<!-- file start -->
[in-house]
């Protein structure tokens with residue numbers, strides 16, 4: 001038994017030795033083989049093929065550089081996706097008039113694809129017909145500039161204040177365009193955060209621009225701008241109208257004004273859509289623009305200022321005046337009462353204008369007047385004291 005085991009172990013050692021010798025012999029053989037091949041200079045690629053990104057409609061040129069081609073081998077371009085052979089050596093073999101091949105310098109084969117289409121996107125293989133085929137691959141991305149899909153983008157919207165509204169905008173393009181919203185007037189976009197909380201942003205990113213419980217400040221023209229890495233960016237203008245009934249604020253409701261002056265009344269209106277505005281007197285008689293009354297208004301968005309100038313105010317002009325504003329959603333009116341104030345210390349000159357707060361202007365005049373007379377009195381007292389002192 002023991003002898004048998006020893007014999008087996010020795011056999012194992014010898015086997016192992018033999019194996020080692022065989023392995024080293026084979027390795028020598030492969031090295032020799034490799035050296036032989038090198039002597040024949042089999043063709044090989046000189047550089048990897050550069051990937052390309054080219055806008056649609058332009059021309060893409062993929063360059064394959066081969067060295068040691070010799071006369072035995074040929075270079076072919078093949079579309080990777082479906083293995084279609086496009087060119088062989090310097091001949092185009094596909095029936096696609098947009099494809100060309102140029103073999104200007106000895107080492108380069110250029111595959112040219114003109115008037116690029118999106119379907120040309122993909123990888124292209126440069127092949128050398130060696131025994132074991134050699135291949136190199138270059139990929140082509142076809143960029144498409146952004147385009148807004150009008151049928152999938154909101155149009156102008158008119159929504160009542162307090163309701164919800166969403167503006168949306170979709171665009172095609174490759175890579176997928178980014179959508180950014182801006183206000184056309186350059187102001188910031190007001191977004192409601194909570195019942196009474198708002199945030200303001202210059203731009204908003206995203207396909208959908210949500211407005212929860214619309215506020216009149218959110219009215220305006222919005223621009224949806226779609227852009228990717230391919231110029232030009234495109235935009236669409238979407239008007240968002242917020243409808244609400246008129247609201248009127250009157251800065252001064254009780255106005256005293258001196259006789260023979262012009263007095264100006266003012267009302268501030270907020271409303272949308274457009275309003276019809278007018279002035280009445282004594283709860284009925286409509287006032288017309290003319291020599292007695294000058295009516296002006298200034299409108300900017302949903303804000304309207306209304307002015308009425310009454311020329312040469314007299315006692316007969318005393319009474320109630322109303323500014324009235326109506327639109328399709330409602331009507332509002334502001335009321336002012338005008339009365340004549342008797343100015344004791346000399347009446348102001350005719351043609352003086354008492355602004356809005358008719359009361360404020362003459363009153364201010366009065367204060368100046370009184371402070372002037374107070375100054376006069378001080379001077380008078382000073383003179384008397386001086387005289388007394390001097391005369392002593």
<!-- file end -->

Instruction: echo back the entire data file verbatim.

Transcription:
[in-house]
């Protein structure tokens with residue numbers, strides 16, 4: 001038994017030795033083989049093929065550089081996706097008039113694809129017909145500039161204040177365009193955060209621009225701008241109208257004004273859509289623009305200022321005046337009462353204008369007047385004291 005085991009172990013050692021010798025012999029053989037091949041200079045690629053990104057409609061040129069081609073081998077371009085052979089050596093073999101091949105310098109084969117289409121996107125293989133085929137691959141991305149899909153983008157919207165509204169905008173393009181919203185007037189976009197909380201942003205990113213419980217400040221023209229890495233960016237203008245009934249604020253409701261002056265009344269209106277505005281007197285008689293009354297208004301968005309100038313105010317002009325504003329959603333009116341104030345210390349000159357707060361202007365005049373007379377009195381007292389002192 002023991003002898004048998006020893007014999008087996010020795011056999012194992014010898015086997016192992018033999019194996020080692022065989023392995024080293026084979027390795028020598030492969031090295032020799034490799035050296036032989038090198039002597040024949042089999043063709044090989046000189047550089048990897050550069051990937052390309054080219055806008056649609058332009059021309060893409062993929063360059064394959066081969067060295068040691070010799071006369072035995074040929075270079076072919078093949079579309080990777082479906083293995084279609086496009087060119088062989090310097091001949092185009094596909095029936096696609098947009099494809100060309102140029103073999104200007106000895107080492108380069110250029111595959112040219114003109115008037116690029118999106119379907120040309122993909123990888124292209126440069127092949128050398130060696131025994132074991134050699135291949136190199138270059139990929140082509142076809143960029144498409146952004147385009148807004150009008151049928152999938154909101155149009156102008158008119159929504160009542162307090163309701164919800166969403167503006168949306170979709171665009172095609174490759175890579176997928178980014179959508180950014182801006183206000184056309186350059187102001188910031190007001191977004192409601194909570195019942196009474198708002199945030200303001202210059203731009204908003206995203207396909208959908210949500211407005212929860214619309215506020216009149218959110219009215220305006222919005223621009224949806226779609227852009228990717230391919231110029232030009234495109235935009236669409238979407239008007240968002242917020243409808244609400246008129247609201248009127250009157251800065252001064254009780255106005256005293258001196259006789260023979262012009263007095264100006266003012267009302268501030270907020271409303272949308274457009275309003276019809278007018279002035280009445282004594283709860284009925286409509287006032288017309290003319291020599292007695294000058295009516296002006298200034299409108300900017302949903303804000304309207306209304307002015308009425310009454311020329312040469314007299315006692316007969318005393319009474320109630322109303323500014324009235326109506327639109328399709330409602331009507332509002334502001335009321336002012338005008339009365340004549342008797343100015344004791346000399347009446348102001350005719351043609352003086354008492355602004356809005358008719359009361360404020362003459363009153364201010366009065367204060368100046370009184371402070372002037374107070375100054376006069378001080379001077380008078382000073383003179384008397386001086387005289388007394390001097391005369392002593």